Saturday, June 4, 2011

Case Plays: Cop on Field

This Case Play has been completed. Congratulations to UEFL League Members TonyTheRed, RichMSN, kickersrule, ump_24, and cyclone14 for correctly answering the posted scenario. The correct response is:

(a) B1/BR1 is out at second base on the tag. Unintentional interference by authorized personnel, such as uniformed security or law enforcement officers, as shown in the video, results in a live ball with no penalty under Rule 3.15. Play resumes with one out and B2 at bat. B1 is credited with a single and the out is recorded as 9-6.

1 Point Added to:
cyclone14 is now in 2nd place in the UEFL with 14 points.
ump_24 is now tied for 3rd place in the UEFL with 12 points.
TonyTheRed is now tied for 8th place in the UEFL with 10 points.
kickersrule is now tied for 16th place in the UEFL with 8 points.
RichMSN is now in 17th place in the UEFL with 7 points.

Thank you for participating in this Case Play and congratulations to all participants, who responded with at least partial correctness. Stay tuned for further Case Plays. The original Case Play post has been reproduced below.

Pursuant to UEFL Rule 4.f., this Case Play is open for 48 hours from the time of this post (6/1/11 at 1:15AM). During this time, all Case Play responses will remain in moderation (screened or invisible) until the 48 hour submission period is closed. To receive full point(s) credit, you must answer the following scenario correctly, including any relevant MLB Rule(s) and all relevant results of the play after applying said rule(s).

Video: Cop's funny blunder

Using the Official Baseball Rules (OBR), please answer the following scenario:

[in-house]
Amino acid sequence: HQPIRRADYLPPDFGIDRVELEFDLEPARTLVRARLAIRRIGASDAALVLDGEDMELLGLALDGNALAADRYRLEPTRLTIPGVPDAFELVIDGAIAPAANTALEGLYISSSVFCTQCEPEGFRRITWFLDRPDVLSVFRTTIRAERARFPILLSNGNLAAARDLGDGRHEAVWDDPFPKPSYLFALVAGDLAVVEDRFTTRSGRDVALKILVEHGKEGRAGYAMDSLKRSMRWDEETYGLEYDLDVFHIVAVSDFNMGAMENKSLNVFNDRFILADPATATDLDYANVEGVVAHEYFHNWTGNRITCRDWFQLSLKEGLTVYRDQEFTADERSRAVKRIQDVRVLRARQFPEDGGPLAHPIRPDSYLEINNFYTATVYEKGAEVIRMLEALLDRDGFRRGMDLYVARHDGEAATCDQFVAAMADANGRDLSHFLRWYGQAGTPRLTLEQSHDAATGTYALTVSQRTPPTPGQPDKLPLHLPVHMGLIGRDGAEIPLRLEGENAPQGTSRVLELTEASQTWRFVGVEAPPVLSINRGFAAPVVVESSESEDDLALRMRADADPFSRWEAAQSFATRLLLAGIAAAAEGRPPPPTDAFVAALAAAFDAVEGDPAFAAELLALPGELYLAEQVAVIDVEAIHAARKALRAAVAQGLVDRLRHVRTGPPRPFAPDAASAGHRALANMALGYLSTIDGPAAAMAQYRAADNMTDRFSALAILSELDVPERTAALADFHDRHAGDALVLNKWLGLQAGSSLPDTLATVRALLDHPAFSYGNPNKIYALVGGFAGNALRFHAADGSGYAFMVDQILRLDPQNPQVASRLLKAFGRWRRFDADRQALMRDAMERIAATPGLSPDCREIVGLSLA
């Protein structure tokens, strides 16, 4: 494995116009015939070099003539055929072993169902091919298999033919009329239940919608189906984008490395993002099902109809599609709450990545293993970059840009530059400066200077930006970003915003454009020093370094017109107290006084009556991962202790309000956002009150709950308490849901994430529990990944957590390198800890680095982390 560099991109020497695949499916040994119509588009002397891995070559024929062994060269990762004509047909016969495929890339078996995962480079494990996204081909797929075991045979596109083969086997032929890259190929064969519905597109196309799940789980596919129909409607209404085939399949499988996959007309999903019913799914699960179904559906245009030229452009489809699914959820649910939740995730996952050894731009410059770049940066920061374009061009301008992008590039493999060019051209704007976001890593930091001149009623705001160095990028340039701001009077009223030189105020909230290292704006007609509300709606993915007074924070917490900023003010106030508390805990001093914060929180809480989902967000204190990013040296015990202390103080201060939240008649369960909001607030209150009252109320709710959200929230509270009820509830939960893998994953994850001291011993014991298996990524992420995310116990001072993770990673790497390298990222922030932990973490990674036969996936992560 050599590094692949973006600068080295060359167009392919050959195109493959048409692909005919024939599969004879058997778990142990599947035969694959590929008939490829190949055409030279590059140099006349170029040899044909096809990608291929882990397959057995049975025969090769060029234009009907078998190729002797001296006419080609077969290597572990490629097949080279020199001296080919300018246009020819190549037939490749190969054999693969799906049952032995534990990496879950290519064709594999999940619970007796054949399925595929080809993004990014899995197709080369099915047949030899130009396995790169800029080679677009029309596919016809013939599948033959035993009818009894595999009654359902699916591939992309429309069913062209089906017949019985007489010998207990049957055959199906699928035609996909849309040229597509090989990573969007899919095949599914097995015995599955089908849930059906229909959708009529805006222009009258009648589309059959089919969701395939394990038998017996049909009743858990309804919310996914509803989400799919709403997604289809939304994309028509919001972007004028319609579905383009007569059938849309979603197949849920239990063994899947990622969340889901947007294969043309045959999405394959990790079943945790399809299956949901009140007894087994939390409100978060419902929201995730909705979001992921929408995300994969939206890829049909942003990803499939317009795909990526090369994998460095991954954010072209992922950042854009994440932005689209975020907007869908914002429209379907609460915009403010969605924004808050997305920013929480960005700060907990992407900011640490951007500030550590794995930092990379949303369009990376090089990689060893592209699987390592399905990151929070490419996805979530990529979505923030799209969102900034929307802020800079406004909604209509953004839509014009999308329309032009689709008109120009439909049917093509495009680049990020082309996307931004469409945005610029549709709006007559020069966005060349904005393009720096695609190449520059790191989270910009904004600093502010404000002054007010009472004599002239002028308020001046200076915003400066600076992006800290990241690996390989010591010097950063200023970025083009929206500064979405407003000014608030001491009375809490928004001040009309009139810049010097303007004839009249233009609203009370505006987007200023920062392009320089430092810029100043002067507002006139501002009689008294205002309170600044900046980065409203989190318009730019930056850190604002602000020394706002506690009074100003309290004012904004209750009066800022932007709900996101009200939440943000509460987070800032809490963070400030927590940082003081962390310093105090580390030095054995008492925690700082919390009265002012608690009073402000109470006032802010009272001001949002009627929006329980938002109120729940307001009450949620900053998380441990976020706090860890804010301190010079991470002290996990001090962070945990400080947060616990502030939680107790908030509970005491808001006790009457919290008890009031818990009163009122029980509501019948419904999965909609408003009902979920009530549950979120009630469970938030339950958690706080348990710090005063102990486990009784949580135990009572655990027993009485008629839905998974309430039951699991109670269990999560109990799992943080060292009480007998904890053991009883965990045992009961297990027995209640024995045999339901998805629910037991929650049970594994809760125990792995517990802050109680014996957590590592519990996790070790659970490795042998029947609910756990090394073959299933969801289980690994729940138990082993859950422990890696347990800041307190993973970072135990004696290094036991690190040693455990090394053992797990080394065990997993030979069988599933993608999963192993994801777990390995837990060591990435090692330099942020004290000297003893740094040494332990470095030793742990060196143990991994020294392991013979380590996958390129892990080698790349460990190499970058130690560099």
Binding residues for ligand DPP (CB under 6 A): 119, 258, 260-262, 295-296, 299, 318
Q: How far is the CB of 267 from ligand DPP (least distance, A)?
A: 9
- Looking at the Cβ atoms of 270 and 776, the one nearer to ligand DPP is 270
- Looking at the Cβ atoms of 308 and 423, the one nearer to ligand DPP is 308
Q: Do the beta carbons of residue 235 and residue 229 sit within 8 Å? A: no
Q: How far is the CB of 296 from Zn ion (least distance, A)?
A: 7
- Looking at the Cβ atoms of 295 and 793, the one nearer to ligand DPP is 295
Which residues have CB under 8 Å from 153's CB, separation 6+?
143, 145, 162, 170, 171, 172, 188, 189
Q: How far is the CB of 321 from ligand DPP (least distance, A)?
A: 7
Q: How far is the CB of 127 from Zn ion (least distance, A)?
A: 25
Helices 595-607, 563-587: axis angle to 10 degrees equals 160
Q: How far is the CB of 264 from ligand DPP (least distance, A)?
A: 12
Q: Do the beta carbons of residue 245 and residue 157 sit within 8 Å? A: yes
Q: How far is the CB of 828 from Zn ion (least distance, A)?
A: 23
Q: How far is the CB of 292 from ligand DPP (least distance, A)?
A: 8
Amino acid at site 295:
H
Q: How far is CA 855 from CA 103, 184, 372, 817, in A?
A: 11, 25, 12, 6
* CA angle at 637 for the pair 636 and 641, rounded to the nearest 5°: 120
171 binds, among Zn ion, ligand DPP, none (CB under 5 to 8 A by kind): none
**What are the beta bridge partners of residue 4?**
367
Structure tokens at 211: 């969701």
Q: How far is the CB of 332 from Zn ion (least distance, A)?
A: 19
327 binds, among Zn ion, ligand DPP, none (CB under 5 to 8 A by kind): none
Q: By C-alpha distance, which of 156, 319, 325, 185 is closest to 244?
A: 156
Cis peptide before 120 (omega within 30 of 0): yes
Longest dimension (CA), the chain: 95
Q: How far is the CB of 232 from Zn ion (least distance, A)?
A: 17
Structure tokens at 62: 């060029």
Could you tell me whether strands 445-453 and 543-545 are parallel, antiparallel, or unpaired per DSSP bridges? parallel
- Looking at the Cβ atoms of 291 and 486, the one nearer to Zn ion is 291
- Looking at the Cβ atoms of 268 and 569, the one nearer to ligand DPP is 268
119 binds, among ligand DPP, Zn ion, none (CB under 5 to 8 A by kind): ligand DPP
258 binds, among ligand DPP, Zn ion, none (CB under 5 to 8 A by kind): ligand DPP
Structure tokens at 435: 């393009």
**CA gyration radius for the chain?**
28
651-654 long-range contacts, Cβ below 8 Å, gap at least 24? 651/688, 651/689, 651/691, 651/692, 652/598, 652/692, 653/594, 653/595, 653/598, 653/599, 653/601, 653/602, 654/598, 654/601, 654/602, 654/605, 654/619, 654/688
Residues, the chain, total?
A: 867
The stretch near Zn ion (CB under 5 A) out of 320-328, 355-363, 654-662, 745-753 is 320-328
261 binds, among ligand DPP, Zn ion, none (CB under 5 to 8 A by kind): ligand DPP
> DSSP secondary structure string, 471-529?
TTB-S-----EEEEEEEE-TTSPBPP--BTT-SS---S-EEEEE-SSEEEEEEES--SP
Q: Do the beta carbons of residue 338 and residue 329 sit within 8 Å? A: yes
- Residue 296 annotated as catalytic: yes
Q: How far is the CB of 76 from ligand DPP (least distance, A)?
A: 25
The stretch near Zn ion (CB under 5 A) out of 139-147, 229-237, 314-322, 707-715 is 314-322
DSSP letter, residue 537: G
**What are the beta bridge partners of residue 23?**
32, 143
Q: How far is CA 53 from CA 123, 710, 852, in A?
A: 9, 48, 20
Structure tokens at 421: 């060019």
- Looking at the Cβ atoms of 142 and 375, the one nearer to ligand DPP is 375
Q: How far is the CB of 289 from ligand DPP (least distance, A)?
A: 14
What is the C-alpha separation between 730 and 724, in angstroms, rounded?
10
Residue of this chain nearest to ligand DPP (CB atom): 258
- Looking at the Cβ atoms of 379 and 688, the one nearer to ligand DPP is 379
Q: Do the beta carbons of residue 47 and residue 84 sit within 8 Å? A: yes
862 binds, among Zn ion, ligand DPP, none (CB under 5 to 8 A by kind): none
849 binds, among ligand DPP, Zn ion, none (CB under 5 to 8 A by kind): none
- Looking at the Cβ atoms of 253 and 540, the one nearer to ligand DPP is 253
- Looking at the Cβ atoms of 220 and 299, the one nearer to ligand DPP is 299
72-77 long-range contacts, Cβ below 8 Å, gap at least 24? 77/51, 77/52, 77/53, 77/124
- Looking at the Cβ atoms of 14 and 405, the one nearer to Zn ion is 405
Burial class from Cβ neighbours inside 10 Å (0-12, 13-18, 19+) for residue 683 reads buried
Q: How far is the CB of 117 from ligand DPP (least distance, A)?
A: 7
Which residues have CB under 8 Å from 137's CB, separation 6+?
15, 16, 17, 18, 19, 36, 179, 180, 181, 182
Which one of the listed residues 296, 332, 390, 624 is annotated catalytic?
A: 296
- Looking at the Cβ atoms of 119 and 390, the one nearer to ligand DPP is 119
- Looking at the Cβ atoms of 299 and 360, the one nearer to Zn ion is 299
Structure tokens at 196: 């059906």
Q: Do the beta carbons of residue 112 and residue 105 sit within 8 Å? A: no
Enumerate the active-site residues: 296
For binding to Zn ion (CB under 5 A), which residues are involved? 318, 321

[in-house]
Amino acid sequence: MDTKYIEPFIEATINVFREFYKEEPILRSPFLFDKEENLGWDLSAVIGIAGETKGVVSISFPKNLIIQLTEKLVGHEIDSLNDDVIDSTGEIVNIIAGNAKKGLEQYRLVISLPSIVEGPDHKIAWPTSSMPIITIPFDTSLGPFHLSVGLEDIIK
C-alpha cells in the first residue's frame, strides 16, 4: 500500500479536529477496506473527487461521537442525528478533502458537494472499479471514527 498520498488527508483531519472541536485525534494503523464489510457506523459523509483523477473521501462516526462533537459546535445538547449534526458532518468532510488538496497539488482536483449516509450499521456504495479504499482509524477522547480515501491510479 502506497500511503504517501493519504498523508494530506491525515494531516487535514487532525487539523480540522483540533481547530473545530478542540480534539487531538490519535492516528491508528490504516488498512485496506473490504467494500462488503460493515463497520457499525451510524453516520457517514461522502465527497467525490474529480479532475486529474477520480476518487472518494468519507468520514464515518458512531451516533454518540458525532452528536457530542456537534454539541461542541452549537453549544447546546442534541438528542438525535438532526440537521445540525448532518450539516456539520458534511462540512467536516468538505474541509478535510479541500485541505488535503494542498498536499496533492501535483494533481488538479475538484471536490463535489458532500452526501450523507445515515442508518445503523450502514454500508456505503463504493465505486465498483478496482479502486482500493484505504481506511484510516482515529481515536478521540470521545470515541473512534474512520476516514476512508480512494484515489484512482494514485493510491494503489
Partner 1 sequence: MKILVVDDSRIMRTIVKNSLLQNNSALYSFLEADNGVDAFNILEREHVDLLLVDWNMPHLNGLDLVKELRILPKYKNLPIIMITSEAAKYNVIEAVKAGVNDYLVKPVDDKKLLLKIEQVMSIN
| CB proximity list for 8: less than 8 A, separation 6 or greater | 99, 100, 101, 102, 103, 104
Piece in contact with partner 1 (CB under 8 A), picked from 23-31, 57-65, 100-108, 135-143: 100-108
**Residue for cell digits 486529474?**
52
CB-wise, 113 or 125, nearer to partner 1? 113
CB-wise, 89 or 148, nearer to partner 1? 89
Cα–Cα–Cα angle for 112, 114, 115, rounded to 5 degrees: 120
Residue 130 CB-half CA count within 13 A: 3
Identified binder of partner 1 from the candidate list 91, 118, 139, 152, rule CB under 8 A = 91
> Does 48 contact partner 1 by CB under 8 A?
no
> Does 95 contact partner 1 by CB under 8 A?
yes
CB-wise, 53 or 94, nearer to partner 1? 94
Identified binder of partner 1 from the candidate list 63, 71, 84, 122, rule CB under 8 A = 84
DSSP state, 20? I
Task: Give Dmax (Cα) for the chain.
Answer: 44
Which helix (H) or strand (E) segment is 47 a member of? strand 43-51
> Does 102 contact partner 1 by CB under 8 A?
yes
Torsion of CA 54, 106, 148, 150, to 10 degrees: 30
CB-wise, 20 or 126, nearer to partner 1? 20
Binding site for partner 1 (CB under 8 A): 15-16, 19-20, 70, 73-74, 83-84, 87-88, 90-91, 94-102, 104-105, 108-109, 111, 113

Prior to the top of the 1st inning, the home team positions a police officer on the right field warning track, in fair territory. As the first pitch of the game is thrown, the officer, unaware of the game situation, remains on the track, facing the outfield stands and with his back towards home plate. B1 hits the 0-0 pitch to right field in the area of the officer, who is only now aware of the situation. The ball bounces once in front of the officer, strikes him in the back of the leg as he is attempting to avoid touching the ball, whereupon which the ball deflects to F9, who throws to F6 and easily retires B1 at second base. (a) What is the call and how will play resume (who is at bat, what is the out and baserunner situation)? Does it matter that the officer tried to avoid getting hit by the ball? It is quite clear that the officer did not intentionally make contact with the batted ball for the purposes of this scenario. (1pt for [a])

Consult the UEFL Rulebook for further information regarding Rule 4.f and Case Plays.


Anonymous said...


3.15 -- For unintentional interference, the ball is alive and in play.

The BR is out, the bases are empty, 1 out, B2 comes to the plate.

The comment in the rules mentions that the basis of the player's actions shall govern -- because he did not intentionally make contact with the batted ball, it's not intentional interference by 3.15 (which would require the umpire to kill play and make whatever award/penalties he deemed appropriate).

ump_24 said...

Officers of the law are considered authorized occupants of the playing surface; as such, if they unintentionally interfere with the play, you "play the bounce"

In the case play, the out on B1 stands. 1 out, B2 is up to hit with a 0-0 count.

If the officer intentionally interfered (such as picking up a fair ball, thinking it was foul), then you have a different set of circumstances.

Anonymous said...

I am having trouble signing in so this is kickersrule...R1 is out at 2nd the next batter comes to bat with no one on and one out. The cop is part of play and since he did not intentionally interfear the ball is live.

cyclone14 said...

This is considered unintentional interference by a person authorized to be on the playing field, under Rule 3.15. As per the rule, the ball remains alive and in play, and therefore, B1 is out at second. Had the interference been intentional, the ball would be dead immediately and the umpires would place the baserunners in a way to nullify the act of the interference.

Tony Hendrix said...

per 3.15, the ball is alive and in play. The runner is out. (Typically, there will also be an ejection or two to report in the UEFL :-)

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